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Cosoma, police meet over piracy

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In an effort aimed at fighting piracy and other ills robbing the creative industry of its fruits, Copyright Society of Malawi (Cosoma) and Malawi Police Service have been engaged in a review meeting in Salima District.

The meeting started on Monday and is expected to end today.

The copyright body has attracted the wrath of artists over the years for its failure to minimise cases of piracy, which continue to deny artists income from their artistry.

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Recently musician Patience Namadingo also took Cosoma to task over its failure to utilise technology in its business of collecting royalties for artists.

However, Cosoma Executive Director Dora Makwinja said recently that, despite facing challenges due to Covid, they have made progress on a number of projects including developing software for tracking music to complement other systems.

The body has recently also rewarded artists through the Blank Media Levy.

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In its drive to fight piracy, Cosoma has been working hand in hand with Malawi Police Service to enforce copyright laws.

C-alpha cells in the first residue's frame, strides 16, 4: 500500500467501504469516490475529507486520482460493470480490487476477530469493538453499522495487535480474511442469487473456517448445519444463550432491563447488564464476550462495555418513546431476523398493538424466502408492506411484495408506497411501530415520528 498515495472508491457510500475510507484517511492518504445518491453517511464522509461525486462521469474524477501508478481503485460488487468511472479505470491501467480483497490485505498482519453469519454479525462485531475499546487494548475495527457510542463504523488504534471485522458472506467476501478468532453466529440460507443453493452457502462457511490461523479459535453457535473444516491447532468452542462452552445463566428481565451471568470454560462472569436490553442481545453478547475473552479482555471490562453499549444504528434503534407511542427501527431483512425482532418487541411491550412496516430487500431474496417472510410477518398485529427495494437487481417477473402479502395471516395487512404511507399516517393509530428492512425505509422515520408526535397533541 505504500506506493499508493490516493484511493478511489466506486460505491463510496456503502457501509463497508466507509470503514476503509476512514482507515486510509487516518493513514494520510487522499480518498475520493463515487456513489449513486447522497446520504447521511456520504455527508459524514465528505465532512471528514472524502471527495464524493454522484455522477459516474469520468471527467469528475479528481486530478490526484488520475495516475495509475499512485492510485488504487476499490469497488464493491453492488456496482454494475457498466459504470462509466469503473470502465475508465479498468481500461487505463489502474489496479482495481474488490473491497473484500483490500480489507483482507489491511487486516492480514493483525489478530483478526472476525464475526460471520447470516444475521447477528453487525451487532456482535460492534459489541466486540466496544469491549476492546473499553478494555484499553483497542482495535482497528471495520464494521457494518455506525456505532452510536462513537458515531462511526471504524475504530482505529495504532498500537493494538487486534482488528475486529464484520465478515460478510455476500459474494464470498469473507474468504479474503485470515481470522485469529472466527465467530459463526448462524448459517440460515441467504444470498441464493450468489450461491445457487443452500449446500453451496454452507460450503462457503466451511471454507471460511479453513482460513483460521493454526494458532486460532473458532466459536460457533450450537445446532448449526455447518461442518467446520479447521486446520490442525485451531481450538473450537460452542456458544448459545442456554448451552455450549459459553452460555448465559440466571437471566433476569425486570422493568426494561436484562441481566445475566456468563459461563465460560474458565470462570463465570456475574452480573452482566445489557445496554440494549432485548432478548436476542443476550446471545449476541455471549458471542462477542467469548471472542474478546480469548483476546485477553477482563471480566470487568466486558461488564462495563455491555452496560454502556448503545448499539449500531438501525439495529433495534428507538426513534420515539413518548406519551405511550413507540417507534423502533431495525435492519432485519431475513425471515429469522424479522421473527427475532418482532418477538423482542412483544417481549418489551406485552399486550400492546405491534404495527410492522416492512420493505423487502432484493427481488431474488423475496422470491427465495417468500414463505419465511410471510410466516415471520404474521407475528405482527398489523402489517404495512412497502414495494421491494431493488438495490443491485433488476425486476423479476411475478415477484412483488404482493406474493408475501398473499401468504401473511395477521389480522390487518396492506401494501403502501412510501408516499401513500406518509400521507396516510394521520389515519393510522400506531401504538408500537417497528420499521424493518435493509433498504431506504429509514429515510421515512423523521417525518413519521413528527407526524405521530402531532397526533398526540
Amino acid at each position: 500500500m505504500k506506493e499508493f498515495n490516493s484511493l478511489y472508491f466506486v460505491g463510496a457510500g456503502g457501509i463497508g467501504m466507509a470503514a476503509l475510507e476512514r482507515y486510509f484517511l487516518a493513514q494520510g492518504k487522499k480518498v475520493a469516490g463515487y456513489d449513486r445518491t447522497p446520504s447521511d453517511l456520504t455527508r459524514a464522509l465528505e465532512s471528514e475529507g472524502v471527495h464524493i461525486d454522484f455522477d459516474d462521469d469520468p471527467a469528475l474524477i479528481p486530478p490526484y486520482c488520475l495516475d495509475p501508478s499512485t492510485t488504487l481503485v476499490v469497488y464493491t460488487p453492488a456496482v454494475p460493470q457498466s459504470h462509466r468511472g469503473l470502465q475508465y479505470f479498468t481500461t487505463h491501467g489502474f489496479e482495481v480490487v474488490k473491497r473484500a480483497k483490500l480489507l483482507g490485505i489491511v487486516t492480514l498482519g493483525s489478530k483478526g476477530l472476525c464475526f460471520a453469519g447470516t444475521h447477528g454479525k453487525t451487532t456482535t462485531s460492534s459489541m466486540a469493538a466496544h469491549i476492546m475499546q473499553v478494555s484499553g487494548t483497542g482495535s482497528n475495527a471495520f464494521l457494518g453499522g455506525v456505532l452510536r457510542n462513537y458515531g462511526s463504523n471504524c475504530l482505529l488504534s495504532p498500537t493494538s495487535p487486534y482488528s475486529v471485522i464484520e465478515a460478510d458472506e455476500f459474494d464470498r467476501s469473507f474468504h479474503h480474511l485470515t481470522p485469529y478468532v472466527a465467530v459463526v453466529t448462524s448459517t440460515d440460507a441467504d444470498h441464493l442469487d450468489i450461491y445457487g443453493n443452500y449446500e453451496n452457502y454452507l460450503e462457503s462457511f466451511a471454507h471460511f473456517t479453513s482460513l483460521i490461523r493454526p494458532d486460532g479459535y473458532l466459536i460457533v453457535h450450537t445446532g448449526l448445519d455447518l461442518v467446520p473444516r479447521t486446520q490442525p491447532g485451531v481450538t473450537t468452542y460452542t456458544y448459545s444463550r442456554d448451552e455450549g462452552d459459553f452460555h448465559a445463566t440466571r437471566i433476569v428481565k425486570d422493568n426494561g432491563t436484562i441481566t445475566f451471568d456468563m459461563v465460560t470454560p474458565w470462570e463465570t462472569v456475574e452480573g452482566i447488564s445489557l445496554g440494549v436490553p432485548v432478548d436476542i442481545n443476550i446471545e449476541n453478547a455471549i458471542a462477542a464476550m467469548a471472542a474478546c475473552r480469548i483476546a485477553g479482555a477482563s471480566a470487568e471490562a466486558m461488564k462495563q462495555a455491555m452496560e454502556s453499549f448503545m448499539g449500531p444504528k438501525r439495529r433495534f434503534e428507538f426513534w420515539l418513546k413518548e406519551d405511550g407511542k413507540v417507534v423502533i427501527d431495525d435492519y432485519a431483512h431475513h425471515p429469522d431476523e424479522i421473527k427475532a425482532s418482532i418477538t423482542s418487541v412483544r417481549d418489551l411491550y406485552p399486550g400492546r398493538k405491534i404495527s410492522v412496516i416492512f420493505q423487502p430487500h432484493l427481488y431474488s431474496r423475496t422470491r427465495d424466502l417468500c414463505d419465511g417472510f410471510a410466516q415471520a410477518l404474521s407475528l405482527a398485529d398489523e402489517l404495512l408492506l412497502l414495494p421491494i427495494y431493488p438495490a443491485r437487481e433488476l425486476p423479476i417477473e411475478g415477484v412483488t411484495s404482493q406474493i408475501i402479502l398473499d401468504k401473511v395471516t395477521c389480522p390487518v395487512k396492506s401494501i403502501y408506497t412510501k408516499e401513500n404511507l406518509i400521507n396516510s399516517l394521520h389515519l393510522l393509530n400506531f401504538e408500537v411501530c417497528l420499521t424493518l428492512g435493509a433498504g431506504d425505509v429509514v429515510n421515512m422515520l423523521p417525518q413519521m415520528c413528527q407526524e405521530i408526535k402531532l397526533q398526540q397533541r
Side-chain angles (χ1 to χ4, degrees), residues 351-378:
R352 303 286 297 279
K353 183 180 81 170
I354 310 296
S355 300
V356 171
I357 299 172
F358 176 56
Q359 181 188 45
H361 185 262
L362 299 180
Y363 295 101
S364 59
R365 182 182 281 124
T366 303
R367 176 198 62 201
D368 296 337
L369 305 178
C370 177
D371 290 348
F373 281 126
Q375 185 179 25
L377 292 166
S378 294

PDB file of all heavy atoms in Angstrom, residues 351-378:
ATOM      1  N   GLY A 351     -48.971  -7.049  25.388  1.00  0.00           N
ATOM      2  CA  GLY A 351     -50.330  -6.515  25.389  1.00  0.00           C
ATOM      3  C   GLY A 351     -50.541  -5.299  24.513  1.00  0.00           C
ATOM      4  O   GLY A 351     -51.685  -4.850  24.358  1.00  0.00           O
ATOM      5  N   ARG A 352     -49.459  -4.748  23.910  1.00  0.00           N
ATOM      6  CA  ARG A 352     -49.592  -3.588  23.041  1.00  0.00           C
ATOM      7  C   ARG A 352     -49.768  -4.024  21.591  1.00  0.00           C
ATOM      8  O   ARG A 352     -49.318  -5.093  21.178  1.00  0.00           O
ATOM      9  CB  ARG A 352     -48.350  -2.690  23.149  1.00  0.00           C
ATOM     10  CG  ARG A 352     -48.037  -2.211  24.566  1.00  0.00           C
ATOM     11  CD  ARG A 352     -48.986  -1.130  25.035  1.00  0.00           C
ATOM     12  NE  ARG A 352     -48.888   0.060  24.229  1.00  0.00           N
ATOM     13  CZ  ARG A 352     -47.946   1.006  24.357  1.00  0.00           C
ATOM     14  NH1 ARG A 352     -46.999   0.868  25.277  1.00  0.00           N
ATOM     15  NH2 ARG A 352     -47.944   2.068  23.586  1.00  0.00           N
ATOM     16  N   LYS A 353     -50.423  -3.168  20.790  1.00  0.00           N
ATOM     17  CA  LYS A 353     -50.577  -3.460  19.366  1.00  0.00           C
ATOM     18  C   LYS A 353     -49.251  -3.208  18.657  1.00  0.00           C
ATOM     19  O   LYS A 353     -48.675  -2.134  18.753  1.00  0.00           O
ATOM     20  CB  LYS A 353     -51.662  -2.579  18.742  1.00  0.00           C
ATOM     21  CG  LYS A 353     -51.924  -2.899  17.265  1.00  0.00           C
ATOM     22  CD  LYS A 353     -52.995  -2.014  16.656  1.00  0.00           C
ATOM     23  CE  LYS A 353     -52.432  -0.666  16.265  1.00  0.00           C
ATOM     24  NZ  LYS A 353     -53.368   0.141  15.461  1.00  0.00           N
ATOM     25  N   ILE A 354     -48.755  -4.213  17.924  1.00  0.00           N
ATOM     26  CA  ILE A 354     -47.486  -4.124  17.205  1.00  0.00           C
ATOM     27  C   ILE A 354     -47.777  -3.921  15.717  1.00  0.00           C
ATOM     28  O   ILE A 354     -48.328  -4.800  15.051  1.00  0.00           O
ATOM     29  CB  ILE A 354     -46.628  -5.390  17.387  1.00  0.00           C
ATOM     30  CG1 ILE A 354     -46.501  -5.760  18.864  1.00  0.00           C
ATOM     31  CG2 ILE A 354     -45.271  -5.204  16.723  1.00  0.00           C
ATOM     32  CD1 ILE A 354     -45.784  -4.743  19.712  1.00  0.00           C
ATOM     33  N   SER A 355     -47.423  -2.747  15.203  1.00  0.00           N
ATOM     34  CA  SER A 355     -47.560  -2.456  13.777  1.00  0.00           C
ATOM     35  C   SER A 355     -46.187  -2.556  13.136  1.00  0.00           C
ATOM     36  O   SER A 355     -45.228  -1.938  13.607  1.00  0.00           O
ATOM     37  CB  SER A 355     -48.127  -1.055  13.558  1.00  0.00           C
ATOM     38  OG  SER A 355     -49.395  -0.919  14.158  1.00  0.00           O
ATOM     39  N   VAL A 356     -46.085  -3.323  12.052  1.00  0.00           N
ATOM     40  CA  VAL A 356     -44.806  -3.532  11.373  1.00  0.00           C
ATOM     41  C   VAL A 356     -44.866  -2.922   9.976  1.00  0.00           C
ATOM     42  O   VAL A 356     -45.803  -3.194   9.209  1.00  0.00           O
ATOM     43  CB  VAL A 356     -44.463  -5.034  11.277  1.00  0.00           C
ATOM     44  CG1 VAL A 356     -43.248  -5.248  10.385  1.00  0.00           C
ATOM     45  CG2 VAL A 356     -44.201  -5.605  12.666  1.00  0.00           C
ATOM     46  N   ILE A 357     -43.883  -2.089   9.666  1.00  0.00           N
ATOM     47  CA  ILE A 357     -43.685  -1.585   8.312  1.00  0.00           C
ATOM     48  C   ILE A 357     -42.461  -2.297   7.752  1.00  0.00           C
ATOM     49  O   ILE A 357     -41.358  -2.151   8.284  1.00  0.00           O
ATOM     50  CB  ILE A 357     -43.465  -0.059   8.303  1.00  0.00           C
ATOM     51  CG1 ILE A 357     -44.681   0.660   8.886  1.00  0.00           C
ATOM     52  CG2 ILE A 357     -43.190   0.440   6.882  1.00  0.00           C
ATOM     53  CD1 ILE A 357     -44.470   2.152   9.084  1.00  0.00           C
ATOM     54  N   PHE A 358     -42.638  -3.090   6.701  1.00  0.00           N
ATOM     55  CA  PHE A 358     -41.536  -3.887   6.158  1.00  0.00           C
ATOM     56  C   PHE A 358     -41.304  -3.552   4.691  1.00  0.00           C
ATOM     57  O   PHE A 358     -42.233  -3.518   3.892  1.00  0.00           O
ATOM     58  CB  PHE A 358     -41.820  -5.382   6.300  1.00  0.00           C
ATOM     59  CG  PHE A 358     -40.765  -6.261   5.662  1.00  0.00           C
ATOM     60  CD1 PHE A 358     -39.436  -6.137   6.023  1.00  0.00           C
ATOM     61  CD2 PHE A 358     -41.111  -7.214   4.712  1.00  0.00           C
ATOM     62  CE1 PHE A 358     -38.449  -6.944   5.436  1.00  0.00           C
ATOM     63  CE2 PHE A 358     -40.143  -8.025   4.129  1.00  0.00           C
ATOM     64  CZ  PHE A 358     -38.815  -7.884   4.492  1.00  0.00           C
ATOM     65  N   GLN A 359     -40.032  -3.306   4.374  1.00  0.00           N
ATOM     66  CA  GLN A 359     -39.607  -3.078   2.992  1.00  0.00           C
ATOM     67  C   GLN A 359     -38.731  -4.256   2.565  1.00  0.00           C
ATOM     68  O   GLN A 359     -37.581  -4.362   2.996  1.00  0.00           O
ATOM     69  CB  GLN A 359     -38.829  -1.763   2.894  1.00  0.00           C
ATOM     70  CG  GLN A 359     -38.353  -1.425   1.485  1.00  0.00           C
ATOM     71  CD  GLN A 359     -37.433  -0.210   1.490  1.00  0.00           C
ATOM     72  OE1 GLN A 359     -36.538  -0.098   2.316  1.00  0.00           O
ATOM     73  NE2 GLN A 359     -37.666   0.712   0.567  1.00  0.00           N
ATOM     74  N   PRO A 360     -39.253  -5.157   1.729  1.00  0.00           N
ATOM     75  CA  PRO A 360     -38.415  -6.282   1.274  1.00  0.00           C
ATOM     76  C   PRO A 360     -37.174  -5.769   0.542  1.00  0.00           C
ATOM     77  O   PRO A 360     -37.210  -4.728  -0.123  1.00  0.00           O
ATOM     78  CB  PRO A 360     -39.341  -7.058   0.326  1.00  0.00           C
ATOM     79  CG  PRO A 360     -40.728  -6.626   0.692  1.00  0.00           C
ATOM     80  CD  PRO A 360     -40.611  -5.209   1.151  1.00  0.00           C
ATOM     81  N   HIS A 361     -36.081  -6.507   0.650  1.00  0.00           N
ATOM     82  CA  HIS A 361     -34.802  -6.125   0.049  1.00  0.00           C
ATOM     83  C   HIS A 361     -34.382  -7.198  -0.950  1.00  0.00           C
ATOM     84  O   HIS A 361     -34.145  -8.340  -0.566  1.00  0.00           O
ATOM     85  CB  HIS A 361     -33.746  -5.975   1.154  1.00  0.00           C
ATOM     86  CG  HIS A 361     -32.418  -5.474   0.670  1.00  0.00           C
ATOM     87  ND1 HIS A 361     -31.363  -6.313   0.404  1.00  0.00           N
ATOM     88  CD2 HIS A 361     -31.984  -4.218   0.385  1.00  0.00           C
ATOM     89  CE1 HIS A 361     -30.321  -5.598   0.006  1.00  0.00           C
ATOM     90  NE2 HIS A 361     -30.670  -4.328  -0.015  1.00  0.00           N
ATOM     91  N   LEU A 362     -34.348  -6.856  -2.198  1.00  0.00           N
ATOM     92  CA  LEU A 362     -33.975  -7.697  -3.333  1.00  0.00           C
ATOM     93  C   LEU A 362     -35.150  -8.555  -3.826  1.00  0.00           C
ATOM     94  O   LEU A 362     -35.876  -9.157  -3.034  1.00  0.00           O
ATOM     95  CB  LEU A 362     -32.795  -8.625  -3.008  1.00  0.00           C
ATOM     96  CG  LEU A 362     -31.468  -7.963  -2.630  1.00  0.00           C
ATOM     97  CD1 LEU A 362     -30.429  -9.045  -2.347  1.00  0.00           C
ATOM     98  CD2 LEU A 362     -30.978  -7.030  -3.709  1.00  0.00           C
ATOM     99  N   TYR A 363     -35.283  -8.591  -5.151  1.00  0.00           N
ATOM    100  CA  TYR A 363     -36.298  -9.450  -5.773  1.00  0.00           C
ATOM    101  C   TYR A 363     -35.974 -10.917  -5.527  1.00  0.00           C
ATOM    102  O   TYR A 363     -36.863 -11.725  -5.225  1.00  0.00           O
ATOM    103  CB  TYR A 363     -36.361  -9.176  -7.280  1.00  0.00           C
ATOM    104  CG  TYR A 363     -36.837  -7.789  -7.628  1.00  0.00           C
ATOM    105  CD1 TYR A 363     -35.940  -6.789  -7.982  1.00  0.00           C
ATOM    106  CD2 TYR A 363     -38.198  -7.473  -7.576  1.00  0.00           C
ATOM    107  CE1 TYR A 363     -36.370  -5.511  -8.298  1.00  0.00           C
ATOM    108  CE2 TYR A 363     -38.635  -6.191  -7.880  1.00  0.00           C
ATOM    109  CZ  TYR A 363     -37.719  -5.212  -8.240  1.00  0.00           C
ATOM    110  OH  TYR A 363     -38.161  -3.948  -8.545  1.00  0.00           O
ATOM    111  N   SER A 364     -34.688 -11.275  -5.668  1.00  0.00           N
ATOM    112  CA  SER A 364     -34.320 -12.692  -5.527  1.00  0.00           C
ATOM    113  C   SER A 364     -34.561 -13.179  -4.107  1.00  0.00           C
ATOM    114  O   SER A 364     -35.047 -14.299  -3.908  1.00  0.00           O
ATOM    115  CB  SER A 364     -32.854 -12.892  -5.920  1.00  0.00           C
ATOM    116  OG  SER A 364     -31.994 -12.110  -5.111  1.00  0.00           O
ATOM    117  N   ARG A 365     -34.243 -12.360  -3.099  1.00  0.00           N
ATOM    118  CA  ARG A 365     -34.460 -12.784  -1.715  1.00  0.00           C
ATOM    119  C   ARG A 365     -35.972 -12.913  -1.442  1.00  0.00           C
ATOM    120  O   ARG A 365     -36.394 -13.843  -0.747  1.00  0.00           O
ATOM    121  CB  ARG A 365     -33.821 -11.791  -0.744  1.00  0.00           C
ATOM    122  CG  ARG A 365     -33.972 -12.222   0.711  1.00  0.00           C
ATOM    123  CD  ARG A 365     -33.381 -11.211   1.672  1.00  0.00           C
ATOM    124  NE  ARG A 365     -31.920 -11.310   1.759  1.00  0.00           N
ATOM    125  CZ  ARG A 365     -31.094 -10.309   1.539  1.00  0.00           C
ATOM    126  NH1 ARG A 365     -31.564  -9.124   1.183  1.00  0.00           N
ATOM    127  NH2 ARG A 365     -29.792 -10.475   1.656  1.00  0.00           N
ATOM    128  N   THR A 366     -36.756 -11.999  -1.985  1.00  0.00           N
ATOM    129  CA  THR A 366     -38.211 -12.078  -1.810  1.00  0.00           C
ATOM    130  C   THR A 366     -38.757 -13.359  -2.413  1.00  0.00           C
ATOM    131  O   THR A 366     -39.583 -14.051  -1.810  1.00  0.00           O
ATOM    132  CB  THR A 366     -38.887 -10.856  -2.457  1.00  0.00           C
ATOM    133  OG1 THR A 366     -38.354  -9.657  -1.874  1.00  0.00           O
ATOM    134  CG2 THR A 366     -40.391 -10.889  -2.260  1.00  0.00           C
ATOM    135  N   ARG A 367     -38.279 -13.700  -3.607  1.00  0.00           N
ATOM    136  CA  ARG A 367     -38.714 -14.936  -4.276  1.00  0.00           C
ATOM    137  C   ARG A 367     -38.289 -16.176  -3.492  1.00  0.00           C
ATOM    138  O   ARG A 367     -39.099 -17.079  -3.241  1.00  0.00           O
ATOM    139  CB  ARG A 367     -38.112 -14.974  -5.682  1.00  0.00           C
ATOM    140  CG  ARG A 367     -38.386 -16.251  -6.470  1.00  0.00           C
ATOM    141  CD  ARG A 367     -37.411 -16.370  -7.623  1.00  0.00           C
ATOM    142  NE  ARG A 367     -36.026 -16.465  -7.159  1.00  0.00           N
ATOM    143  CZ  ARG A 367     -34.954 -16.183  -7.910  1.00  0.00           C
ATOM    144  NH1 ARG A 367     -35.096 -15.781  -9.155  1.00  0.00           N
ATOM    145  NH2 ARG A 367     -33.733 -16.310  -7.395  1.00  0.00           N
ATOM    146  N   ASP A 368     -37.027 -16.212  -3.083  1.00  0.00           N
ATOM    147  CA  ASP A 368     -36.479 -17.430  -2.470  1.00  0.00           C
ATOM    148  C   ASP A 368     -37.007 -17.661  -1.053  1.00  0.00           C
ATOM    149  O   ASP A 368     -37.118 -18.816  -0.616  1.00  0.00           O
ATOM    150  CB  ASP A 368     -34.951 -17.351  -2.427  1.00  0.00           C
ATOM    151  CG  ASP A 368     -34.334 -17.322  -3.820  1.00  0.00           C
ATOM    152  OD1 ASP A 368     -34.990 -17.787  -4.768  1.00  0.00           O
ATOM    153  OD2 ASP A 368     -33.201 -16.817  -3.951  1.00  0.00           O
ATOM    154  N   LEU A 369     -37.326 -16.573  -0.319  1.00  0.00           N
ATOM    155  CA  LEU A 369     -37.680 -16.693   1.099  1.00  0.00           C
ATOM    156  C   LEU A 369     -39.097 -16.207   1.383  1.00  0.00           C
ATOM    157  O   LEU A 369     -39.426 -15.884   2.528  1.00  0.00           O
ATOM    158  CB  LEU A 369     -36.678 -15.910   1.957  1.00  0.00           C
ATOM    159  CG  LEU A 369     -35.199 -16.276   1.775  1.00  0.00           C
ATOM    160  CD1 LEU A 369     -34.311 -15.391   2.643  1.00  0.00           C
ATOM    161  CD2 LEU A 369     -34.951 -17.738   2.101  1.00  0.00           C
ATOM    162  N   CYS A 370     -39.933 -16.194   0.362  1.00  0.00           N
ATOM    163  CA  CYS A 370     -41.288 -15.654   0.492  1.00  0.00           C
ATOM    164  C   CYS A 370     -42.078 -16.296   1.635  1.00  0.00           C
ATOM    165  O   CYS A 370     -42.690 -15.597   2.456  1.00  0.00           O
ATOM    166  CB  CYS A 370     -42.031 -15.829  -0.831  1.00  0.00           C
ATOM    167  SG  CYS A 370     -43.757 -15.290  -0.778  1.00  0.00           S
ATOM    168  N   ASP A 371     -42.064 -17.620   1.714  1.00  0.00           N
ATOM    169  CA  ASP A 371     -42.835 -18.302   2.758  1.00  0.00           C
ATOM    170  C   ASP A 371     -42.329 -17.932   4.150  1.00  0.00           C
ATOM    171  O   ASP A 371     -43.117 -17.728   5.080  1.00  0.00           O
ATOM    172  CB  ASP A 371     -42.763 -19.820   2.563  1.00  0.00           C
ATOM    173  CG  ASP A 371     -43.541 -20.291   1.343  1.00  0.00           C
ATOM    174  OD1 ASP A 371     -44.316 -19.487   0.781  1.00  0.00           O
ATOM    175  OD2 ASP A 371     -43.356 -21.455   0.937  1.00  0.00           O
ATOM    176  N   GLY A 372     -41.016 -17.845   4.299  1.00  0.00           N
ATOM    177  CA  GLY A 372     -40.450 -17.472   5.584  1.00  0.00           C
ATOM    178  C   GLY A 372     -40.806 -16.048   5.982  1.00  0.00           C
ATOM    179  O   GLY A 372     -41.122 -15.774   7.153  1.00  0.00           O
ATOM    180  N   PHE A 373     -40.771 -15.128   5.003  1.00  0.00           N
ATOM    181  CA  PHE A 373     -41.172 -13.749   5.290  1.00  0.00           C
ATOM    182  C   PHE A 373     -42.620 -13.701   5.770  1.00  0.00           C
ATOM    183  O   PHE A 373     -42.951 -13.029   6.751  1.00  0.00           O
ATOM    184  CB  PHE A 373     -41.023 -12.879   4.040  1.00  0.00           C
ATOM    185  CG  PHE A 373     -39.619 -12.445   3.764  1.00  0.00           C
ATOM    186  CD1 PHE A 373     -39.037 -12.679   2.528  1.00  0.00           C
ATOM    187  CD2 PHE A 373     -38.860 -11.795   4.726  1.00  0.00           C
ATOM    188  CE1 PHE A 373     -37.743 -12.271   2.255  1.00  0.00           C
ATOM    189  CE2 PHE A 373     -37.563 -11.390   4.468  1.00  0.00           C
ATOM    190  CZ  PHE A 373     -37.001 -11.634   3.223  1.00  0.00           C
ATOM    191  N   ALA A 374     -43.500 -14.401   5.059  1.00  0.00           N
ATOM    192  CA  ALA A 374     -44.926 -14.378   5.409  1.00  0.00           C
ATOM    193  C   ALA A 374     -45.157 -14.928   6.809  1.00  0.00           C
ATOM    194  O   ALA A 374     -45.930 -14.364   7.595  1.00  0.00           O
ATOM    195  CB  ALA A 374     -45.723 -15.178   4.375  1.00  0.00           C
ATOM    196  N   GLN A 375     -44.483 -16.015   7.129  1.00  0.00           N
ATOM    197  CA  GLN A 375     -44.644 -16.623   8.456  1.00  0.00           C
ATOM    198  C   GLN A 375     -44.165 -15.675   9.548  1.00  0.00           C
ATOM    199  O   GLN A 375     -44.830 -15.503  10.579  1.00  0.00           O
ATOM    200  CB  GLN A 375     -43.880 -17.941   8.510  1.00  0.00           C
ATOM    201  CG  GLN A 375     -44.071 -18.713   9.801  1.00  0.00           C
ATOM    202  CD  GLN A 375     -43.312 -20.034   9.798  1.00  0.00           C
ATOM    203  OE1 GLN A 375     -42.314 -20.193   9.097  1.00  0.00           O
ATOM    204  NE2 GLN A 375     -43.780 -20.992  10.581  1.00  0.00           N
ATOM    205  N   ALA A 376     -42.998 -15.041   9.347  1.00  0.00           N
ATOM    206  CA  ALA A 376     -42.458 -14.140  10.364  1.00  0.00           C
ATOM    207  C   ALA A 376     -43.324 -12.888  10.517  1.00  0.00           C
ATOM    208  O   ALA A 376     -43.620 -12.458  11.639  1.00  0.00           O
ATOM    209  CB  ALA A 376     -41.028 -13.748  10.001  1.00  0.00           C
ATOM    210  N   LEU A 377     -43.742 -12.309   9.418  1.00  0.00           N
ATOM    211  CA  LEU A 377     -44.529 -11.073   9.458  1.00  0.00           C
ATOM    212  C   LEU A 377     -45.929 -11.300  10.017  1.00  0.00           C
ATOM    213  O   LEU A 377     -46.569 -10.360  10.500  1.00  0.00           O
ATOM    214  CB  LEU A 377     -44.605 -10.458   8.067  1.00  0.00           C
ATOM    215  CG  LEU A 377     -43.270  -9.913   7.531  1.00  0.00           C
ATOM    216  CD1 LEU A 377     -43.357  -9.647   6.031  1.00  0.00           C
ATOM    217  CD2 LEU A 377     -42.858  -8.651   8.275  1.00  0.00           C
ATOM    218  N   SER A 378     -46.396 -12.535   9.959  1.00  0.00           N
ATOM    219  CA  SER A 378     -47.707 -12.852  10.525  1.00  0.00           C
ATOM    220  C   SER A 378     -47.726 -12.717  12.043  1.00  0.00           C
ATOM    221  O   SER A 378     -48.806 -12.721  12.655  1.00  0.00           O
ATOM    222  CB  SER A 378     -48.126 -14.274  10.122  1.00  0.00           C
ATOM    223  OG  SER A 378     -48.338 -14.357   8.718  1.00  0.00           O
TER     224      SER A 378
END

Cosoma has since hailed the positive results it is yielding following the attachment of police officers to its three regional offices.

The copyright body and police have been working together since January.

Cosoma Licencing Manager Mutty Munkhondia said that artists have been complaining all along that they were being robbed of their economic and moral rights, contravening Section 29 and 30 of the Copyright Act of 2016.

It is from this outcry that the copyright body decided to sign a Memorandum of Understanding (MoU) with Malawi Police Service on the need to attach six officers to Cosoma to help with enforcement of the Copyright Act of 2016.

“We are on the right track as we have greatly improved our revenue collection. Many copyright users are now voluntarily complying and, recently, we distributed royalties to musicians,” Munkhondia said.

He also said that they have successfully prosecuted offenders through the courts.

Munkhondia also said they have made progress in the reprographic licence renewal by schools.

Cosoma has also been vibrant reaching out to softcopy operators to renew their licences and defaulters have had their gadgets confiscated for operating without licences.

The review meeting has attracted six police officers and Cosoma regional heads to map the way forward on some of the challenges as well as look at the partnership as well as how to improve it.

Representing police officers, Steve Kumalonje said they would leave no stone unturned in the enforcement of the copyright law.

Cosoma is a statutory body established in 1994 by an Act of Parliament and its mandate comes under Section four of the Copyright Act of 2016.

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